One tiny bell can help your communication with animals become more soft, clear and refined.
There’s a trick when working with horses to put a bell on the tip of the whip. Every time you move it you hear the music! The “goal” of the game, if you want to view it that way, is to hear the bell as little as possible. Of course we don’t want to get neurotic over it – there will always be some noise as the whip shifts or as we ourselves move around with our horse. The question is: How little can we hear that clear ringing of the bell? It’s a balance, though, because we don’t want to tell ourselves to never use the whip.
We just don’t want to use it all the time, for everything, without even thinking about it. It should mean something – just the way a horse will bite or kick another after warning him. We don’t want the whip to lose “meaning” or for our horse to become desensitized so that we have to use it more, later. So we ask our horse to do something very softly. Then we ask again with a bit more intention. Then we lift up the whip (but don’t touch them!). Then… We can tap the whip. And the bell will ring, but hopefully, because you used the whip this time, you won’t have to use it the next time around.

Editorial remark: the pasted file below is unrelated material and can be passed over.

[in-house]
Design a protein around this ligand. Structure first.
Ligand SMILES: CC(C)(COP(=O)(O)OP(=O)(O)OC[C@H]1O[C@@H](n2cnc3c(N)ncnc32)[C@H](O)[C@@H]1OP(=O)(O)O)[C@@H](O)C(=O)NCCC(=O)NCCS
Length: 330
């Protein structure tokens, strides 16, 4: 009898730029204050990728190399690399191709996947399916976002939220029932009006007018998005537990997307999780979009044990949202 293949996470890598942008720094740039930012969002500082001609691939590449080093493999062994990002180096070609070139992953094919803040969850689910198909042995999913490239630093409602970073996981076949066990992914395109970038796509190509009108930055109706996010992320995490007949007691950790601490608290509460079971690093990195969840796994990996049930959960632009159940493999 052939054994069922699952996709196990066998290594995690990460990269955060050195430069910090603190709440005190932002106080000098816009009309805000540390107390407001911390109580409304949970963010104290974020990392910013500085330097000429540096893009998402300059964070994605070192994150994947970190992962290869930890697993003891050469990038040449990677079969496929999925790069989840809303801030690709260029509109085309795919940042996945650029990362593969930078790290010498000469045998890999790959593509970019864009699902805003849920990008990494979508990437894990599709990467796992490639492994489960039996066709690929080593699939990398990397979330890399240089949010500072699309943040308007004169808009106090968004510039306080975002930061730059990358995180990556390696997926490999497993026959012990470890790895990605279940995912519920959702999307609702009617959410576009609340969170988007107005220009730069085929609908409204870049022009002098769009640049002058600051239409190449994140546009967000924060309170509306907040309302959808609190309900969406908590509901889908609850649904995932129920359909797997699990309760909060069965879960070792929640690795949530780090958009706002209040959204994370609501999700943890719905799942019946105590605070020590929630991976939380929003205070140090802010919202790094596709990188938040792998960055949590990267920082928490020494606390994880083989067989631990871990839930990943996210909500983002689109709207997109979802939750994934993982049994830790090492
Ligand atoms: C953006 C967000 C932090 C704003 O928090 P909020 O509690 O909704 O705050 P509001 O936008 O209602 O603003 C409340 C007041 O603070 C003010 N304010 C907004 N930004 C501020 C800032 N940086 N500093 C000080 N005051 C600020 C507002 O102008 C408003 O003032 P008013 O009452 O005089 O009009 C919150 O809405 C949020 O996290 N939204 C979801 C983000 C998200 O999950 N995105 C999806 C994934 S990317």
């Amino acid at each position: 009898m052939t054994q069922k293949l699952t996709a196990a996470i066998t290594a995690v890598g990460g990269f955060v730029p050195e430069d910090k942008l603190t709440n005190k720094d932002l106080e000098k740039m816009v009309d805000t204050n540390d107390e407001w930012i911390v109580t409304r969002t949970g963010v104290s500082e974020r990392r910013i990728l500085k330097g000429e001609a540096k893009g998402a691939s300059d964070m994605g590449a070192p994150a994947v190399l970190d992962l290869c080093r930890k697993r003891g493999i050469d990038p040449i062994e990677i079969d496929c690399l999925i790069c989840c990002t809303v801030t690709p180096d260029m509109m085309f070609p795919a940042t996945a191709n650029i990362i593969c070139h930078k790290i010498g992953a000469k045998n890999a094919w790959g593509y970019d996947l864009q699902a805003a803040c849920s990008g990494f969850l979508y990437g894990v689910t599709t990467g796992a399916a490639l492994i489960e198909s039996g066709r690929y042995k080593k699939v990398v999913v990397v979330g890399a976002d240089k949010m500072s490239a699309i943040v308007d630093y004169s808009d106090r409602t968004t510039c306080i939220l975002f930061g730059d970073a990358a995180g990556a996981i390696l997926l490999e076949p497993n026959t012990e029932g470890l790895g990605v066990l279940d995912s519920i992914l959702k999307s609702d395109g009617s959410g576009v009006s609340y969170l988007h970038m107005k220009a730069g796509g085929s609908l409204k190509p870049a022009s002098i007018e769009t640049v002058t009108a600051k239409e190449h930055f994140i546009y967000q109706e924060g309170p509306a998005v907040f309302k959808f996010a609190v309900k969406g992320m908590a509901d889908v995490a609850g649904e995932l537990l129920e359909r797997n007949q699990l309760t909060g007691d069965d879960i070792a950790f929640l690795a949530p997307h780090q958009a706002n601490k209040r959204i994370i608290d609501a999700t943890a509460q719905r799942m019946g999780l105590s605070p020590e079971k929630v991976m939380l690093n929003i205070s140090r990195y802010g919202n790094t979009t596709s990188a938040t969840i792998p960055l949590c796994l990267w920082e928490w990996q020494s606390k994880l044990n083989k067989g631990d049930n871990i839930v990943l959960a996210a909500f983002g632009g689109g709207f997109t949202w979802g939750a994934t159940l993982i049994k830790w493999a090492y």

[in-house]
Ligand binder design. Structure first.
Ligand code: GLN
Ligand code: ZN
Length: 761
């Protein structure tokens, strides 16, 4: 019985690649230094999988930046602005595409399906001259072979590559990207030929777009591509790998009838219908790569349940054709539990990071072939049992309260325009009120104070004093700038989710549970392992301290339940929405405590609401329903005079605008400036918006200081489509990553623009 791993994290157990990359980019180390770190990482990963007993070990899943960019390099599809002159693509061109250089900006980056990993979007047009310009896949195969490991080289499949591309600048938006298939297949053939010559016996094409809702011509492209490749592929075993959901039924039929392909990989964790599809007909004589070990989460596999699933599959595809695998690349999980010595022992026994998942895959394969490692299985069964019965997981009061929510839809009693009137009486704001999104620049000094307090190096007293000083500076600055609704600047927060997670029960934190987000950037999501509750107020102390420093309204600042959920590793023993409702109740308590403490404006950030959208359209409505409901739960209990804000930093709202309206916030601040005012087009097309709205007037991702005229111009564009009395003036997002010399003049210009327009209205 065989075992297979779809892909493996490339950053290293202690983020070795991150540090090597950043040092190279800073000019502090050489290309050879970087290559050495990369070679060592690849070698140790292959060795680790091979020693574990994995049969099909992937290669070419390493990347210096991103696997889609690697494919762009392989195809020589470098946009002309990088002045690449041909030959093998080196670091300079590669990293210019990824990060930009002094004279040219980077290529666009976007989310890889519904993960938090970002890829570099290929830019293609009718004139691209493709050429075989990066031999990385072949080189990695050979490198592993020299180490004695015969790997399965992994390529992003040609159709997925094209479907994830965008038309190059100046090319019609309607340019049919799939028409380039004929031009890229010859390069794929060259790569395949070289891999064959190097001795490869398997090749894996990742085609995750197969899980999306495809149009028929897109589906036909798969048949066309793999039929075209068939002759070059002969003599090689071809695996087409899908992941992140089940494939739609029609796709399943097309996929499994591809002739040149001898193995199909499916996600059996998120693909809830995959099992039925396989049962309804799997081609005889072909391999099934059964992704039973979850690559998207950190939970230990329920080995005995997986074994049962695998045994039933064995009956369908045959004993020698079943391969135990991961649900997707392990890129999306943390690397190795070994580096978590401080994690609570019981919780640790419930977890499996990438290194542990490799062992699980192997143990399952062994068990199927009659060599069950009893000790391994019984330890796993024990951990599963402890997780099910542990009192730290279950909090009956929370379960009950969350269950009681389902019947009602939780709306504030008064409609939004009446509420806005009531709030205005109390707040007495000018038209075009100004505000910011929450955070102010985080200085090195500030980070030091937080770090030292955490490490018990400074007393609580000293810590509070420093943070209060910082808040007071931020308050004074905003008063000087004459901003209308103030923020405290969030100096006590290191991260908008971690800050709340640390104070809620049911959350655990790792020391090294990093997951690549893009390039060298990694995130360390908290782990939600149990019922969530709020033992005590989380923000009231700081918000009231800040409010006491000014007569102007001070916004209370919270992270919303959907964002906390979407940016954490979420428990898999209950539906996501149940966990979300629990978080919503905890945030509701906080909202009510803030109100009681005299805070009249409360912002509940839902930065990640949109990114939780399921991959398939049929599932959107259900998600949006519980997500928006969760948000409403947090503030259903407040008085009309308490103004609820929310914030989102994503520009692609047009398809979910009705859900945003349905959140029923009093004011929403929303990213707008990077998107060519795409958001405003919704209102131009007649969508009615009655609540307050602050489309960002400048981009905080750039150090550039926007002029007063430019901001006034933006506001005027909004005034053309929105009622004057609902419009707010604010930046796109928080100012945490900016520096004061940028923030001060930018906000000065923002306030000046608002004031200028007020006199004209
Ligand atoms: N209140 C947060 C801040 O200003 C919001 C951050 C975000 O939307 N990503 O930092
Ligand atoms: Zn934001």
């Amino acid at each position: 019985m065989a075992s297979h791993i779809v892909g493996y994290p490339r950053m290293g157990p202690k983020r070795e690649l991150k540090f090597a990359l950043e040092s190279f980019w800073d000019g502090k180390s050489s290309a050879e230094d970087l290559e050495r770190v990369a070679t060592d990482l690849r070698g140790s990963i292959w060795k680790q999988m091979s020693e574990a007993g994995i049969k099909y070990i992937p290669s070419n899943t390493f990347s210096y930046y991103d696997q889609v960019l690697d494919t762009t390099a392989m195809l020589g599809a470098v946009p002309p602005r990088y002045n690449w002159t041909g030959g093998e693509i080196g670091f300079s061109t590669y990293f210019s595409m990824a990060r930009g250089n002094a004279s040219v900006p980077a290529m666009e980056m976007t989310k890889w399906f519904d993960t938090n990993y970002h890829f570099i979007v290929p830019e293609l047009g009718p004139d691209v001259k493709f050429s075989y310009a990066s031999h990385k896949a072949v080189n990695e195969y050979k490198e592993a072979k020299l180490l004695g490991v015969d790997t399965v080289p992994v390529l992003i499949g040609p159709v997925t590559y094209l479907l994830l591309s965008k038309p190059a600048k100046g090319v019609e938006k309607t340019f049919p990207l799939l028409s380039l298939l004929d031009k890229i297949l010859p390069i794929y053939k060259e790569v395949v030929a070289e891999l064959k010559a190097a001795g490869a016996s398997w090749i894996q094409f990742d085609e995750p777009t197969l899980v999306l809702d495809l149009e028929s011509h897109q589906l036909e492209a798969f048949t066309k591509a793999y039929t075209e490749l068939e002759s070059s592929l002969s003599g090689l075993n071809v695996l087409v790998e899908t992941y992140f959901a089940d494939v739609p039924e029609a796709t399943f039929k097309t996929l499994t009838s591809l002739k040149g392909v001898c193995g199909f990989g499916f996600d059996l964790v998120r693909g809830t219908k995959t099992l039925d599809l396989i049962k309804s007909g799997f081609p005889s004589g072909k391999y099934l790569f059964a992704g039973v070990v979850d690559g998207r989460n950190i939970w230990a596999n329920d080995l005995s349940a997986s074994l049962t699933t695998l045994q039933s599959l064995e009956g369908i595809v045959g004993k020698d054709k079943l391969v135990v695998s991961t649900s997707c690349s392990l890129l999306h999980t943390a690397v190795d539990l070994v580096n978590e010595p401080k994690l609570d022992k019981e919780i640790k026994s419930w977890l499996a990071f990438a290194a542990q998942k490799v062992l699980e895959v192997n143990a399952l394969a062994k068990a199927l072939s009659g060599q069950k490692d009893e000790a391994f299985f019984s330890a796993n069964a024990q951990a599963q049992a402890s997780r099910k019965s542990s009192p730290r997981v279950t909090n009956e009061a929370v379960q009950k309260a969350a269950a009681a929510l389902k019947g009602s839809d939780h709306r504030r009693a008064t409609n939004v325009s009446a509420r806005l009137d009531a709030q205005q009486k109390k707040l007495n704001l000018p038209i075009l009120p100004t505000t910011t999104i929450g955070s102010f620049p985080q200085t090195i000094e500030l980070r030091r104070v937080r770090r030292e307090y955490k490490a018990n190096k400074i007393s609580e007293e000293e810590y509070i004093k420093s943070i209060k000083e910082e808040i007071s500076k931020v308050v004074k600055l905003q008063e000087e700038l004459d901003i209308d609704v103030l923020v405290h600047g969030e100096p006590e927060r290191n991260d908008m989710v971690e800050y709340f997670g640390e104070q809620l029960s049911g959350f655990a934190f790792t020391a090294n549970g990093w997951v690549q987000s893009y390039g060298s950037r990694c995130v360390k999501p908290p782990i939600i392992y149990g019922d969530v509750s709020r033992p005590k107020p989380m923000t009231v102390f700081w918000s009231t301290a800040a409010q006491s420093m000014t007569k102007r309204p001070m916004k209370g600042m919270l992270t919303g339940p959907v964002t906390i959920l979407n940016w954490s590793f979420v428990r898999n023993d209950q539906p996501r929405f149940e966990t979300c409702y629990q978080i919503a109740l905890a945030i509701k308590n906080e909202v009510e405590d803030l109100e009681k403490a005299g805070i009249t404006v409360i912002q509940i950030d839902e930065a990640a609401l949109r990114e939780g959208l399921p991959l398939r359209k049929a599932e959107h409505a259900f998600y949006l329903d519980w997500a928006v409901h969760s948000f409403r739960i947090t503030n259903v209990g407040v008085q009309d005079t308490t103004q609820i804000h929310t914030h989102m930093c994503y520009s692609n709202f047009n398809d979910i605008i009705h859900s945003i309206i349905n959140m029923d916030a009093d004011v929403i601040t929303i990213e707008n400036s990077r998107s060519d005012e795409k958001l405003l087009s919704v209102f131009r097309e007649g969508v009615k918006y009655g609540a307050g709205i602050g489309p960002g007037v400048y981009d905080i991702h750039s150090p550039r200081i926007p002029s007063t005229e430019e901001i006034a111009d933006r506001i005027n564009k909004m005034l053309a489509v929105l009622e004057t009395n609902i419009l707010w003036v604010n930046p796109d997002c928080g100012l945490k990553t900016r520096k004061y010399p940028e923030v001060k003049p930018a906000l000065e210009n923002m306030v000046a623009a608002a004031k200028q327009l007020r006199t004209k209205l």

This can also be done with dogs (probably with any animal). The dogs that I train as guide dogs for the visually impaired/blind, usually will carry a small bell on their collar. This way their blind owner knows where they are by hearing. If you put a bell like this on your dog and you always just heard a sweet jingling – it’s all good! But if we are walking our dog and we always hearing a loud almost banging sound because the leash is getting jerked around so much… take that as a hint.